The researchers resolved to reconstruct the phylogeny—or family tree of evolutionary relationships—of these groups from 56 million to 15 million years ago. Using teeth as a guide for “who is who,” they drew branches between lineages extending from fossils found in the late Eocene to their progeny that survived into the Miocene, around 20 million years ago. When they finished, a stark gap emerged: The lineages from the Miocene descended from an oddly small fraction of earlier mammals. The researchers found that 63 percent of lineages that existed in the late Eocene never made it past the next epoch. About 30 million years ago, they concluded, these species must have vanished, thanks to their changing environment. “There's really no other explanation,” Seiffert says. “They must have gone extinct.”

Lineage diversity gave the team a big picture view of how many species were lost to a changing climate, but not of how different those species might have been from one another—in other words, how much anatomic diversity went extinct, too. For example, says de Vries, imagine a scenario in which two kinds of bird go extinct. Those two species could be very similar, or they could be wildly different in terms of body types, genetics, or ecological niches. “If you have a hummingbird and a flamingo, that is very different than if you had a pigeon and a dove,” she says.

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And for the extinction of biodiversity among mammals, the teeth kept the record. A wide variety of tooth shapes narrowed down to a few. During her PhD at Stony Brook University, de Vries had digitized about half of the 329 fossilized teeth used for the study, which represent 134 species. After taking molds from the teeth, she used a micro-CT scanner to analyze the casts. This technology can achieve higher-resolution images than the normal CT scans you’d get in a hospital and let her record objective metrics of how teeth varied between lineages, and over time. She could study every bump, peak, and valley, measuring curviness or sharpness.

These metrics could quantify how complex an animal’s chewing apparatus was. Tooth shape suggests a lot about an animal’s diet. Fruit eaters have rounded bumps, or cusps, that can burst through berries. Leaf eaters tend to have tall, sharp crests that rip through tough plant cell walls. Super-flat molars, on the other hand, are prime topography for crushing seeds. Yet that specialization can be a problem. For example, while flat-toothed primates can munch the hell out of some seeds, they’re lousy with leaves. And if the climate changes in such a way that the stuff an animal has evolved to chew becomes scarce, they’ll go hungry.

Based on the team’s analysis of 3D scans, many lineages with specialized teeth died off during this slow mass extinction. One Apidium monkey species sticks out to Seiffert. Human upper molars typically have four cusps. This species had nine. “We have never seen that kind of really weird tooth type again—in the fossil record or among living species,” he says. Seiffert supposes that this monkey ate fruits and seeds. But it no longer exists.

It’s an “almost unbelievably tight” connection between the die-off of species and the die-off of tooth diversity, says de Vries. The extinction didn’t axe any particular branch of these mammals’ family trees, and no single tooth shape or diet disappeared. But the specialists, whose tooth shape restricted their diets the most, were more likely to die out, and the generalists tended to be less vulnerable. It's a not-entirely-surprising warning for modern-day species like lemurs in Madagascar that only eat bamboo. If climate change wipes out that bamboo, these unique creatures are out of luck.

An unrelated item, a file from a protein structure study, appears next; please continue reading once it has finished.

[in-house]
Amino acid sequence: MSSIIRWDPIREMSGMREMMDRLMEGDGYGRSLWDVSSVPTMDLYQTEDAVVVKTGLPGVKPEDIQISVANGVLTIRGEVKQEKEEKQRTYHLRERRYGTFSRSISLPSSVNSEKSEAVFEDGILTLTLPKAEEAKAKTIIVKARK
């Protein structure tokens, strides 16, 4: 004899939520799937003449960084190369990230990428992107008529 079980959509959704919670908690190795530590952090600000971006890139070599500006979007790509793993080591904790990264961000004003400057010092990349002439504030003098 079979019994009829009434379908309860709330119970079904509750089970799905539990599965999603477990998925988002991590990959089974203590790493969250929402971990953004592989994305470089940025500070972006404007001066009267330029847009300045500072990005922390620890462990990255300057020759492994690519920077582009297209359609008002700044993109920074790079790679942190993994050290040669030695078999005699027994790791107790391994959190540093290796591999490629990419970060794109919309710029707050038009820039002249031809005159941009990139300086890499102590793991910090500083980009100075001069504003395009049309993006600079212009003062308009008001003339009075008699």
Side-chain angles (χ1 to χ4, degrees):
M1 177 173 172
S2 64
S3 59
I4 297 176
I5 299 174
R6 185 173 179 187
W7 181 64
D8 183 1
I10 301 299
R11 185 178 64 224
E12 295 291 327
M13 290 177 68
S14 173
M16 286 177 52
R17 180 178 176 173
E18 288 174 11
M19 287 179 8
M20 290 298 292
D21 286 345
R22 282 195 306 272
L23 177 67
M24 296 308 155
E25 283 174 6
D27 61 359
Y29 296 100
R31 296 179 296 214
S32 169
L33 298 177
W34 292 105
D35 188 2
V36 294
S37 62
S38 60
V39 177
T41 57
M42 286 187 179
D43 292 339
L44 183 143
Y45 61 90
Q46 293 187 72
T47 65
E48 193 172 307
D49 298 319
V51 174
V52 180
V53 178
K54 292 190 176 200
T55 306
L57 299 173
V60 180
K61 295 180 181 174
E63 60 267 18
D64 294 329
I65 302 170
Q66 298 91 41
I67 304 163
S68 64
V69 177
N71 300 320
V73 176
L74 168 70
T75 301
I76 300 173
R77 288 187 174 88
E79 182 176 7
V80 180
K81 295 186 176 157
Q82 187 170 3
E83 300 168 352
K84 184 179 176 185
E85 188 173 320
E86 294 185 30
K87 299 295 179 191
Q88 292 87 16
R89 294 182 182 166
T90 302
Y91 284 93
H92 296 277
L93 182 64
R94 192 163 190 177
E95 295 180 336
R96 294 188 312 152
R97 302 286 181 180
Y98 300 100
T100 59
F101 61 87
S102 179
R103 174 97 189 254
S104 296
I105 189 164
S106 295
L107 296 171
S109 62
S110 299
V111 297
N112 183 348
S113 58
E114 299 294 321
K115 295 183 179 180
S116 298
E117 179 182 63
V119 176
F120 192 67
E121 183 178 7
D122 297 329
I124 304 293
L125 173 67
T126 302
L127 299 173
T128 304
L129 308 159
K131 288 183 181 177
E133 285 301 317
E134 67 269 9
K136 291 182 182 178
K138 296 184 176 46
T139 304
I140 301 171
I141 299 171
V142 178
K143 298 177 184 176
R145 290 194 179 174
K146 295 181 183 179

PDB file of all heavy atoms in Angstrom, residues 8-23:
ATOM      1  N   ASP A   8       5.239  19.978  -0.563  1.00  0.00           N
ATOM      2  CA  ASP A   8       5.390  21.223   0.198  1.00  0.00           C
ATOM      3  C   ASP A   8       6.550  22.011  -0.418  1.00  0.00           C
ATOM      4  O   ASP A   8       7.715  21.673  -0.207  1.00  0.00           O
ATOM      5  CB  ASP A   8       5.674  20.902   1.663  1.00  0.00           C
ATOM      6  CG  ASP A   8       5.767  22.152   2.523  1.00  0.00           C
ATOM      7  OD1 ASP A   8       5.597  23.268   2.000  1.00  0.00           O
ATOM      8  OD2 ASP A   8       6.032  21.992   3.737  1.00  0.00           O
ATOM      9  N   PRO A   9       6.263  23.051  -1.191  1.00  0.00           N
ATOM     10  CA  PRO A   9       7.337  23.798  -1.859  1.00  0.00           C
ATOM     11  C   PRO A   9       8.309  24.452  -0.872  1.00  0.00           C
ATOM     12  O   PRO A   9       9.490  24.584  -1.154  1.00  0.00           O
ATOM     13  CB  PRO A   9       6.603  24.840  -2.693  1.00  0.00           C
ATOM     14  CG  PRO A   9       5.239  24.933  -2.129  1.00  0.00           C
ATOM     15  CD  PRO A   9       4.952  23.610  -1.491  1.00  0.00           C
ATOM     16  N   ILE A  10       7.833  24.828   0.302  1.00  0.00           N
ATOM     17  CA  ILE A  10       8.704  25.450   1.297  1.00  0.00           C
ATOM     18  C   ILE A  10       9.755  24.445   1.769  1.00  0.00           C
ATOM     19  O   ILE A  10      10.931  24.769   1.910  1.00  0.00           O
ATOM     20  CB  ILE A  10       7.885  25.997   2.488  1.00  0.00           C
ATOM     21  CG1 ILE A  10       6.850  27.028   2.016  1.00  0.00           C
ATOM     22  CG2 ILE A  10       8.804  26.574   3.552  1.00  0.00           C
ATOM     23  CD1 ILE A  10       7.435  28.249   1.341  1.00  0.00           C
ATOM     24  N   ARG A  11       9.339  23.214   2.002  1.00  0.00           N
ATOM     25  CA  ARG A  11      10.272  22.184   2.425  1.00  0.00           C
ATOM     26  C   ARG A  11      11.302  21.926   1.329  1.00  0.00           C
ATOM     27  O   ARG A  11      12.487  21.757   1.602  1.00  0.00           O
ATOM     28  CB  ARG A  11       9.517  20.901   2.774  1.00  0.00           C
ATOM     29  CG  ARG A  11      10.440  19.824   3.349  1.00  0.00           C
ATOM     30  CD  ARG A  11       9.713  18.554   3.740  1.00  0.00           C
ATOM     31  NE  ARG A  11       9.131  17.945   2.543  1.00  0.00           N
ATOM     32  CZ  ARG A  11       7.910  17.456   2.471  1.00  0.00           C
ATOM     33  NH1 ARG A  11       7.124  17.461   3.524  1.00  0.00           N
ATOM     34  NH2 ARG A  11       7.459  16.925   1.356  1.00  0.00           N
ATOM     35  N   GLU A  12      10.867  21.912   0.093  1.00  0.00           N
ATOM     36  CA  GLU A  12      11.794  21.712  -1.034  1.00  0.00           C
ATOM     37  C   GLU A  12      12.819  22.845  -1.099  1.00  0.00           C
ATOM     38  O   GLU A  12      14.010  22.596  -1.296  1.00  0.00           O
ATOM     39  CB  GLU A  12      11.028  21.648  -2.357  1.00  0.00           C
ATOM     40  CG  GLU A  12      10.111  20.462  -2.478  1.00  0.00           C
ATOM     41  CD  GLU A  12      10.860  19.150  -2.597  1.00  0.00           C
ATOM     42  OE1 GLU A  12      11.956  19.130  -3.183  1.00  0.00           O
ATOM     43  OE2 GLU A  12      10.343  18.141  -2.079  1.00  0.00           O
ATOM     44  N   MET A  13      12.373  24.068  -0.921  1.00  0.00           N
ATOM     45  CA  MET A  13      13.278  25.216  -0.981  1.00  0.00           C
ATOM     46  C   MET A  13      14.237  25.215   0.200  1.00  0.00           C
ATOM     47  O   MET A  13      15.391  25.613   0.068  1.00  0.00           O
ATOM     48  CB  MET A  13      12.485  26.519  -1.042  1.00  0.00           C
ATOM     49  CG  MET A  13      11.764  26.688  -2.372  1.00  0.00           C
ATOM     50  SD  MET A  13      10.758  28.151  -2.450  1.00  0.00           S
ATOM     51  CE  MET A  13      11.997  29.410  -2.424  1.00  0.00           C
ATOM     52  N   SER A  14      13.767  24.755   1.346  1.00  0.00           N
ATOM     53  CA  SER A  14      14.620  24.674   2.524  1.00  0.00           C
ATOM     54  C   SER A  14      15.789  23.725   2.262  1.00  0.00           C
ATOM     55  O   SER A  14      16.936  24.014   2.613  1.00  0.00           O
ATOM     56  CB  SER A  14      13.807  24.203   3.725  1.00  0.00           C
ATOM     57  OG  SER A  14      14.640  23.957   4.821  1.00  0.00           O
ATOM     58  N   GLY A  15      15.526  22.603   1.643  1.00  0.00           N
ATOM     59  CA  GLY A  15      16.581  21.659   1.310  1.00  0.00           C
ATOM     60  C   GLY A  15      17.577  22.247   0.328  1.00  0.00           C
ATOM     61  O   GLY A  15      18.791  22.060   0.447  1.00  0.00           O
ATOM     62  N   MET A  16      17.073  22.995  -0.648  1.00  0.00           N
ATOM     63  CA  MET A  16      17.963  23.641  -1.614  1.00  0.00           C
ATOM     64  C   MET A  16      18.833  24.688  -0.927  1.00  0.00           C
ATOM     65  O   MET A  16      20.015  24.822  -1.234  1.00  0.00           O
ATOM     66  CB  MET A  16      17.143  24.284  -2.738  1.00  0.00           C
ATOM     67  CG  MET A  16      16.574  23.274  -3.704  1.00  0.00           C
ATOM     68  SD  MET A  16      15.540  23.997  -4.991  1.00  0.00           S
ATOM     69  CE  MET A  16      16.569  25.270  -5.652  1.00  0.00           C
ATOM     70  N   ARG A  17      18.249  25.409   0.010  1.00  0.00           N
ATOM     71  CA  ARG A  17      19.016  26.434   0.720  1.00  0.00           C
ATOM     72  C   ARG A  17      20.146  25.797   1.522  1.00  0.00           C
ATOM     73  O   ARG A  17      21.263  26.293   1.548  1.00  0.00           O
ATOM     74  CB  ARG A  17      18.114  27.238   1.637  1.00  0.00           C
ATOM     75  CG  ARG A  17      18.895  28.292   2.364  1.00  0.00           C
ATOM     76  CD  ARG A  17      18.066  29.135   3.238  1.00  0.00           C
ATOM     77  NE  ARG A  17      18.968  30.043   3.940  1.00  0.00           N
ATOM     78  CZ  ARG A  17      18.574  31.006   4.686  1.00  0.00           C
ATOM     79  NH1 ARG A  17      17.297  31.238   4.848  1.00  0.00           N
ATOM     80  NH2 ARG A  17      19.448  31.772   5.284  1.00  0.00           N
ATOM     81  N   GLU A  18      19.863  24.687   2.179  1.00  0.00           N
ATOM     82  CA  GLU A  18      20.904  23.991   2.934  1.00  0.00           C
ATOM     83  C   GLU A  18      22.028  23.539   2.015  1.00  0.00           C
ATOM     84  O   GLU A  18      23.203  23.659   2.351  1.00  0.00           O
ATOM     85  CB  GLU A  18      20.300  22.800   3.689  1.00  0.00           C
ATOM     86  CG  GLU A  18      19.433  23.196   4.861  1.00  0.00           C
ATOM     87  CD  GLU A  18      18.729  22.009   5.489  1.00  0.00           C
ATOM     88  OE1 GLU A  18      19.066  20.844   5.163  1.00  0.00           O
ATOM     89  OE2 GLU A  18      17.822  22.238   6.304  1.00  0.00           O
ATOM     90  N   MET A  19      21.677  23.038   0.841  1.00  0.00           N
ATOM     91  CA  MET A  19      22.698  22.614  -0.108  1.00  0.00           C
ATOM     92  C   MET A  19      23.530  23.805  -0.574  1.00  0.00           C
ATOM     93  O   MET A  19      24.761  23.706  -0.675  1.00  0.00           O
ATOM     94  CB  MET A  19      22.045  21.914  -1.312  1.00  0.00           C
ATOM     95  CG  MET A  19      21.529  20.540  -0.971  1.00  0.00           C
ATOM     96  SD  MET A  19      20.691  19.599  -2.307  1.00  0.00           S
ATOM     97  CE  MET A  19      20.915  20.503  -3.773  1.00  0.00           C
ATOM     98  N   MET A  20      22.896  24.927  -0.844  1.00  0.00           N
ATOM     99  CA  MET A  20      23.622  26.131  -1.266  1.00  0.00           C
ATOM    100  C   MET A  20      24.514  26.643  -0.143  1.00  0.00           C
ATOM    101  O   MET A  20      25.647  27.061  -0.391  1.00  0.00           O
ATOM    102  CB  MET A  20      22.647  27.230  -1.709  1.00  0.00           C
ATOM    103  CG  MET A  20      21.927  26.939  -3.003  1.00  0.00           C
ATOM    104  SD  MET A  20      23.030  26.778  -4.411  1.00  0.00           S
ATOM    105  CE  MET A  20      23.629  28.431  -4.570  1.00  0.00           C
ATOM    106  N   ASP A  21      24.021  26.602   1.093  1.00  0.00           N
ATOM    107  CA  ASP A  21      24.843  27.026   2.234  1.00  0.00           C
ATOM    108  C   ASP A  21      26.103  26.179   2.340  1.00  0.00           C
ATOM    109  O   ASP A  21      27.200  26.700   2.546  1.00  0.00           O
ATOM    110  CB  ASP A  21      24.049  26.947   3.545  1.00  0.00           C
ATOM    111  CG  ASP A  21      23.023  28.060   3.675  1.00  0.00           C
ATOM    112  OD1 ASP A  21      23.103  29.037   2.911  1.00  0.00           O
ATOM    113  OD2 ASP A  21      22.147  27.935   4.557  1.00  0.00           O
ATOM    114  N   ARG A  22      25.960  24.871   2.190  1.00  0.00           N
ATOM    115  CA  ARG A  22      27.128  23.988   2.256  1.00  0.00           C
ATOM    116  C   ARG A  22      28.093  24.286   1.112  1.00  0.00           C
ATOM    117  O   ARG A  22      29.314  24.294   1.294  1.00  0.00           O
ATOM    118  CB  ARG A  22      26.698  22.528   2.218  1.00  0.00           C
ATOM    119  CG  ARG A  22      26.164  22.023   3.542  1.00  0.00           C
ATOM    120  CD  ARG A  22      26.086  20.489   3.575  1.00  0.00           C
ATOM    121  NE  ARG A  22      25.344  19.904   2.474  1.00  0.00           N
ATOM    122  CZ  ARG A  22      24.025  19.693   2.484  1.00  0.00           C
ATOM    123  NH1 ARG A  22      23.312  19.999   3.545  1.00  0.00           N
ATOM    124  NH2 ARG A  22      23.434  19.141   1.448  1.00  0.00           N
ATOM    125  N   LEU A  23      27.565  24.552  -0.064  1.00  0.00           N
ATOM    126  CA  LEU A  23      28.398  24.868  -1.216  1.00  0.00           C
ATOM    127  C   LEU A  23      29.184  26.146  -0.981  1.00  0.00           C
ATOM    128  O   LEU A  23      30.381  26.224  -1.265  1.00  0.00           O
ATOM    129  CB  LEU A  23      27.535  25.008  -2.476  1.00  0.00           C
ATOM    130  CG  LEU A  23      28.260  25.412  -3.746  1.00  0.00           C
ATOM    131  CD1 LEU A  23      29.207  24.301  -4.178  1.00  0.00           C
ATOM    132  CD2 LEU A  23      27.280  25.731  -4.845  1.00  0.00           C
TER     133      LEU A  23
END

For the mammals that did survive, the results also suggest dietary changes once the global cooling began—likely a consequence of them migrating toward the equator for a warmer climate. (Seiffert notes that some areas may have not cooled much, but rather just become more arid and less hospitable to forests.) For example, a subset of anomaluroid rodents (the ancestors of some scaly-tailed squirrels) evolved sharper crests suited to leafy diets and tree sap, possibly to avoid competition with the hystricognaths, the capybara and guinea pig ancestors that lived on the ground.

But it was as more species funneled toward the equator that Ethiopia’s volcanoes blew. Seiffert sees the climate-volcano combo as a “one-two punch” that unlucky species couldn’t escape. Plots showing the diversity of both the phylogenetic tree and tooth shapes show two distinct drops, around 34 million and 31 million years ago, reflecting these back-to-back disasters.

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Seeing that “double drop” was surprising, says Alistair Evans, an evolutionary biologist at Monash University in Australia who specializes in tooth analyses but was not involved in the work. “Nobody thought that that would be there,” Evans says.

But, he adds, the team’s data clearly shows the large-scale effect of volcanism and global cooling because diversity collapses twice. You can even see indicators of when mammals moved into trees, shown by how their teeth adapted to bite leaves, he says. “It reaffirms my confidence that we can actually tease apart these patterns in paleontological time—in deep time,” he continues.

The same type of analysis could help biologists understand different periods, like how mammals recovered after the Cretaceous–Paleogene extinction that killed 75 percent of all species. Here, mammalian teeth would perhaps instead show a boom in diversity as species evolved to fill environmental voids.

In December, Seiffert is heading to Kenya to study more evidence from this particular stretch of time. If he's lucky, he'll find teeth that will help him draw new branches on the mammalian evolutionary tree. Maybe pointy teeth. Or round ones. Or flat ones. Or ones simply unlike any he’s ever seen.